Remembering the advice given Bayeo through Sir Pavyk, they did not take the bait. Caerdwyn announced to the lurking powers that if they wished to speak, and to offer advice or counsel on the disposition of the Dragon’s Egg, they would need to send representatives out to meet the company there in the bowl in none of the 3’s territory.

With a seethign of stones and a crashing of water, the powers seemed to comply. The mist swirled, but produced nothing. From the cavern, with the air shaking in the bowl, came Sir Pavyk, looking colorless and dressed in ancient finery. From among the stones, a small sea made its quick way sliding along the path.

Caerdwyn made it clear that he, who has confronted Machain, would brook no nonsense in this parlay. The representatives seemed nonplussed. They demanded each to tell their stories, the Dragon and the Serpent, and to have Caerdwyn choose among them.

Instead, Caerdwyn and Bayeo told the stories of corruption, of secret wizards and spidermen and the corruption of wells and the waters of the earth outside of Dun Mynn. The duo speak to the Earth and Sea about the turning of the nations of Mawr against one another, of a seeming plot that worried even the aloof P’ntri enough to send a party in the Teinwood, and their last number to the human bards for assistance.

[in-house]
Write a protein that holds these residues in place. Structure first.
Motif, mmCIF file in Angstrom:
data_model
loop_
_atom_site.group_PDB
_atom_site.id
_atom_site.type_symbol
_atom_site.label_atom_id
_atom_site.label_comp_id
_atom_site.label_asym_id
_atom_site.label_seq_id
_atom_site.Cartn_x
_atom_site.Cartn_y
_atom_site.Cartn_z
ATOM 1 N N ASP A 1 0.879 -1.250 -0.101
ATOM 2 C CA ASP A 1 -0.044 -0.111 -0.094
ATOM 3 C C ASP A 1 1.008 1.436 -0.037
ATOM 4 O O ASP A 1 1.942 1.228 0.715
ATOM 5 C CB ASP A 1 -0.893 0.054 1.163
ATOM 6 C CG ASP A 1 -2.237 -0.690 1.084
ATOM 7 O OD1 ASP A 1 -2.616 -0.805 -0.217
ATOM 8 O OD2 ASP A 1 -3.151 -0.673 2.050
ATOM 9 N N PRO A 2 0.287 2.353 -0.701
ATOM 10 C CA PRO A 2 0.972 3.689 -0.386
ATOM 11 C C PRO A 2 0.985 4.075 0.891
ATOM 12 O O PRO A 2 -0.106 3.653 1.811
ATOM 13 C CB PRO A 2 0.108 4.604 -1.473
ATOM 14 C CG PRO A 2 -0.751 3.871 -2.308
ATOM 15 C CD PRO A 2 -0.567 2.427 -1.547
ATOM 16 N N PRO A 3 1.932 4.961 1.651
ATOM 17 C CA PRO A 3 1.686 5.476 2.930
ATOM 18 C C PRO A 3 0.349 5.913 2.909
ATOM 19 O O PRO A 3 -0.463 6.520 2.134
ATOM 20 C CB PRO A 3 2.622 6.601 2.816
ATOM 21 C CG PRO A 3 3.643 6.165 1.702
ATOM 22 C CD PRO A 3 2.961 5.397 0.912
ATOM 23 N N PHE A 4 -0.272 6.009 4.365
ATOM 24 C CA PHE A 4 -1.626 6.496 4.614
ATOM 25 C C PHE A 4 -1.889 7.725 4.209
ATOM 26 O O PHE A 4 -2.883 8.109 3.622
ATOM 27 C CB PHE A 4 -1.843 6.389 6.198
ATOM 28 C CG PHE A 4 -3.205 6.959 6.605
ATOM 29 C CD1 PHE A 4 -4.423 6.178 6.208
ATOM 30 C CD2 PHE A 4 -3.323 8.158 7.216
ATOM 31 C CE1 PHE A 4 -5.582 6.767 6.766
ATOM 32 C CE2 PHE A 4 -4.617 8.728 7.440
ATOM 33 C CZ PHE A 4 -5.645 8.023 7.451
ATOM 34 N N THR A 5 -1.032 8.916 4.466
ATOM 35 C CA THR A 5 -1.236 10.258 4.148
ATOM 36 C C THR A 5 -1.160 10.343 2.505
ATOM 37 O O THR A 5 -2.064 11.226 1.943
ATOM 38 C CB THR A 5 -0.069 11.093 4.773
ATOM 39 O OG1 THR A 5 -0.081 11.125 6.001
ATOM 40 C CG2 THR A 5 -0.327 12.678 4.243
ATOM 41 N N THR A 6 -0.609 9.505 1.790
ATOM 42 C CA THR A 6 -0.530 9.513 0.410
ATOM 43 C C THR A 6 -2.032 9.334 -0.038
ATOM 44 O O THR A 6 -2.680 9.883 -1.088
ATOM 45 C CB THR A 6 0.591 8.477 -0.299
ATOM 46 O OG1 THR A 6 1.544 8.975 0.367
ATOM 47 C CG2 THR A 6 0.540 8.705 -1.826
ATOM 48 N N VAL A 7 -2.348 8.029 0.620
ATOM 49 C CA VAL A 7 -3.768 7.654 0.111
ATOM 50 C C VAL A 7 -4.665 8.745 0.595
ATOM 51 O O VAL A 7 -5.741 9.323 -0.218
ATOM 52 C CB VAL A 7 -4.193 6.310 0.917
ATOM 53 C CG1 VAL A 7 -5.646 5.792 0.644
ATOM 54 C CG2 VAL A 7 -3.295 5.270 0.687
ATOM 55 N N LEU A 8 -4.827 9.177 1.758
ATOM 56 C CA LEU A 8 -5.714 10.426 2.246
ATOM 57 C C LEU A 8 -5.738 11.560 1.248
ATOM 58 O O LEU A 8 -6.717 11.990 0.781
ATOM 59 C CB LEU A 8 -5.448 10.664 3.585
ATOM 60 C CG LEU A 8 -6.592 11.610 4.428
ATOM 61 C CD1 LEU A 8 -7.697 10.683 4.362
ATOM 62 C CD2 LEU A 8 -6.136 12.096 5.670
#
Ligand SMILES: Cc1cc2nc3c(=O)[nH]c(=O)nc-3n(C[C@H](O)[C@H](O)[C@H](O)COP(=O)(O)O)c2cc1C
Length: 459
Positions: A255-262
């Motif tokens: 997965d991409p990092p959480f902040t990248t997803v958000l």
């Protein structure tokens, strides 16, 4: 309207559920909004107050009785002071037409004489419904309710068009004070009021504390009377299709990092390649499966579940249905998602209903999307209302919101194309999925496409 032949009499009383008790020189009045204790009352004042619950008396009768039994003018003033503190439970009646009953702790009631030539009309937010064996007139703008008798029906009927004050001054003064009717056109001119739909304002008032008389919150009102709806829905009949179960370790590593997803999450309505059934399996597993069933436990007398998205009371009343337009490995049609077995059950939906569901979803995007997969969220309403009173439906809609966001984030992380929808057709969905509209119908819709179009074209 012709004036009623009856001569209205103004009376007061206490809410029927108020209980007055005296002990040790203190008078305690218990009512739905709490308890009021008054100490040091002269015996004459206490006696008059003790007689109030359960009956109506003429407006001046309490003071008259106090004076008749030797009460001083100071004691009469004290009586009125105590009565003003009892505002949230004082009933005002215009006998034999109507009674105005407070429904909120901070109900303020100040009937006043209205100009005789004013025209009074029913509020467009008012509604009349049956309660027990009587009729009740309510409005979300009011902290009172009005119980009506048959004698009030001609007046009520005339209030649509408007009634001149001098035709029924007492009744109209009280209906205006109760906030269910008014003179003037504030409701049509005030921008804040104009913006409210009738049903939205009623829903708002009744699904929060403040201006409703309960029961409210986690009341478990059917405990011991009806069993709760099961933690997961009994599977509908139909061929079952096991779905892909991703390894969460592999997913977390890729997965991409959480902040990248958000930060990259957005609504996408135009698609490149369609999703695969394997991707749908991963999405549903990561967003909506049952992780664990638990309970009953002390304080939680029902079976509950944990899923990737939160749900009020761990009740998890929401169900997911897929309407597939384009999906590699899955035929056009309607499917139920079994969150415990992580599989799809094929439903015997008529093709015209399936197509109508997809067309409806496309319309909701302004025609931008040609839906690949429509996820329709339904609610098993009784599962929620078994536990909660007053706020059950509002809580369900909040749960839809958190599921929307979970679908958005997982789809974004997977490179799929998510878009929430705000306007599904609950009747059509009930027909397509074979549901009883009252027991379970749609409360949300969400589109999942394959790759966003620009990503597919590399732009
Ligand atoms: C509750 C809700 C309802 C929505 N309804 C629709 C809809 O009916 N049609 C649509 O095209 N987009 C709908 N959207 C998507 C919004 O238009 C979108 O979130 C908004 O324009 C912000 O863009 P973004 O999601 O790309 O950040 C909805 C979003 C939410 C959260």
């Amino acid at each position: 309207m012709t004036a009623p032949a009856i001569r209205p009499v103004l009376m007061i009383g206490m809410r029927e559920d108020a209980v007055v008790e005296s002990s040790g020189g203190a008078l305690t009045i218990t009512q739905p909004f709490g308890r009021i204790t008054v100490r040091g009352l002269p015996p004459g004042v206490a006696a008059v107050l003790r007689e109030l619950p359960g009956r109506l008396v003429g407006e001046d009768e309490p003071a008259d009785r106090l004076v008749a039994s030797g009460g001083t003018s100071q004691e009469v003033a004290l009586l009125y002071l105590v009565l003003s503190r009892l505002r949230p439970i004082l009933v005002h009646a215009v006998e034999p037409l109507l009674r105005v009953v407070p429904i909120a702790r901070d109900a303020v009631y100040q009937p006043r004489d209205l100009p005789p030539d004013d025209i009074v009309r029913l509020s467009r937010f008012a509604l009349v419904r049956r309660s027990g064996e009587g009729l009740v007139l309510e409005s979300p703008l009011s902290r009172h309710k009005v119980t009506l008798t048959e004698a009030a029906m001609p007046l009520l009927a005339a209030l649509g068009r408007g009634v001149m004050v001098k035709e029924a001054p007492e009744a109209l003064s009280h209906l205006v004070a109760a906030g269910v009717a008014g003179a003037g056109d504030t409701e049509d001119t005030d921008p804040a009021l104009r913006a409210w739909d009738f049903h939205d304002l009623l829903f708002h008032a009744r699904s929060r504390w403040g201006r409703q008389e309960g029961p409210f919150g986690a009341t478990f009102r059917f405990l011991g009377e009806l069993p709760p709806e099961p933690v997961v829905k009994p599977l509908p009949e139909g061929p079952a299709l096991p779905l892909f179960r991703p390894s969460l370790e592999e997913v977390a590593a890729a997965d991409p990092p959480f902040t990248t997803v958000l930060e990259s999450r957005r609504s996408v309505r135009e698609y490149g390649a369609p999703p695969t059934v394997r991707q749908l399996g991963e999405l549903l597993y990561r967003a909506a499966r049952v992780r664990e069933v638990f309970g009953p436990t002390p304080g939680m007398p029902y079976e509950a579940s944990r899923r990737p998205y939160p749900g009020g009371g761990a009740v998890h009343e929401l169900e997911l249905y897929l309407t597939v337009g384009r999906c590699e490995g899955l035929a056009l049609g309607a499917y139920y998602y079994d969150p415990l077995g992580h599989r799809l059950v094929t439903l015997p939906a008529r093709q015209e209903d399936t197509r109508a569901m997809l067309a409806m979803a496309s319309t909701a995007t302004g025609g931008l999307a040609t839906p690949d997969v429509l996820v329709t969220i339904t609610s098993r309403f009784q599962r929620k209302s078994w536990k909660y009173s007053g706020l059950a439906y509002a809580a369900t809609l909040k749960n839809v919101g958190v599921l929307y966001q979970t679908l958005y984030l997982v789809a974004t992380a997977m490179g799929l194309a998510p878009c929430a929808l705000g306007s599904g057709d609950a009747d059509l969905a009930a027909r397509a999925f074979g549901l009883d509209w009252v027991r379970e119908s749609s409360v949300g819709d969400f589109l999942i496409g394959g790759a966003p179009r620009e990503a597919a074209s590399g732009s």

The seal of the Serpent spoke of the anger of the skies and strangers in the sea. The Dragon spoke of dark movements of the earth and among the places of the Builders. Caerdwyn suggested there was evidence from Bayeo’s forebearers that the Mistlord was interfered with by some power, that some falsehood spread between them and that the Dragon’s war with the Mistlord and its subsequent discorporation may have been a manipulation rather than the truth.

The seal showed its master’s disturbance: eyes closing sideways and the small seal mouth showing teeth and more than one tongue. Sir Pavyk looked pained, as though a Dragon’s roar were buffeting him unseen. Some power protected the company from the disturbances they could not see.

Eventually things calmed. The Dragon revealed that the Mistlord was trapped in the Egg, which was not in fact the Dragon’s, but came with the man-kings from across the sea. The Dragon and the Serpent agreed to turn their attentions to things, to try and seek what power might be turning its might against Mawr.

Sir Pavyk turned to Saar, but the voice was not the knight’s, “You have served your master and his intent well, and long beyond what could have been expected of you. You may rest now.” And very quietly, and without drama (so like the Saar they had known all this time), the Saren sat down, leaning against his pack. His eyes falling closed, his spirit passed out of the world of the living, to wherever the souls of Saren go to after they leave the green world.

There seemed not much left to do, and a sudden terrible tiredness overtook them as Sir Pavyk wavered, and faded, and the small seal skittered down into the mist after the Dragon’s Egg, which rolled, shining, down into the grey.

They had fought so hard against so much strangeness to come all this way to find information, only to find themselves, solving the problem they had initially set out to investiagate. But there were so very many more problems, so many mysteries that had not yet yielded themselves.

It might all be too much for the mortal coil. Or perhaps that was something else, that exhaustion, some exposure to Powers that the mortal frame could not compass….